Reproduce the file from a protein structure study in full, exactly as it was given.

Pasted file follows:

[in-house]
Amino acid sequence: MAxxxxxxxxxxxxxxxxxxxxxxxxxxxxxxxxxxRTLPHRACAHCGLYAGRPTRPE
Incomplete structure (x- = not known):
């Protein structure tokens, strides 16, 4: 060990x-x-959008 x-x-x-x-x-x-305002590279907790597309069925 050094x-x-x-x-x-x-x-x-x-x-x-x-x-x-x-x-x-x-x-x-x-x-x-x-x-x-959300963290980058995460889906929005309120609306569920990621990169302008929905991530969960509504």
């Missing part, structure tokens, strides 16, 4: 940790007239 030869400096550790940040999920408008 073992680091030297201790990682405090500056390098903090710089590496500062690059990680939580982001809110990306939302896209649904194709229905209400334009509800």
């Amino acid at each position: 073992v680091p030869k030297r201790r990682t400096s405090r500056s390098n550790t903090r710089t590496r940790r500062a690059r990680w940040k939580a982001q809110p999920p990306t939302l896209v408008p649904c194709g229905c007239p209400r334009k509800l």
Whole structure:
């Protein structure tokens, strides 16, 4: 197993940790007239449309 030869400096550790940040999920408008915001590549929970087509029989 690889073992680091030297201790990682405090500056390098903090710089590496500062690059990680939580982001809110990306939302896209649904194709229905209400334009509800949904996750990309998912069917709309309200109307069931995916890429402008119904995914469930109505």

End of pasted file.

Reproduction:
[in-house]
Amino acid sequence: MAxxxxxxxxxxxxxxxxxxxxxxxxxxxxxxxxxxRTLPHRACAHCGLYAGRPTRPE
Incomplete structure (x- = not known):
């Protein structure tokens, strides 16, 4: 060990x-x-959008 x-x-x-x-x-x-305002590279907790597309069925 050094x-x-x-x-x-x-x-x-x-x-x-x-x-x-x-x-x-x-x-x-x-x-x-x-x-x-959300963290980058995460889906929005309120609306569920990621990169302008929905991530969960509504």
């Missing part, structure tokens, strides 16, 4: 940790007239 030869400096550790940040999920408008 073992680091030297201790990682405090500056390098903090710089590496500062690059990680939580982001809110990306939302896209649904194709229905209400334009509800």
């Amino acid at each position: 073992v680091p030869k030297r201790r990682t400096s405090r500056s390098n550790t903090r710089t590496r940790r500062a690059r990680w940040k939580a982001q809110p999920p990306t939302l896209v408008p649904c194709g229905c007239p209400r334009k509800l």
Whole structure:
């Protein structure tokens, strides 16, 4: 197993940790007239449309 030869400096550790940040999920408008915001590549929970087509029989 690889073992680091030297201790990682405090500056390098903090710089590496500062690059990680939580982001809110990306939302896209649904194709229905209400334009509800949904996750990309998912069917709309309200109307069931995916890429402008119904995914469930109505």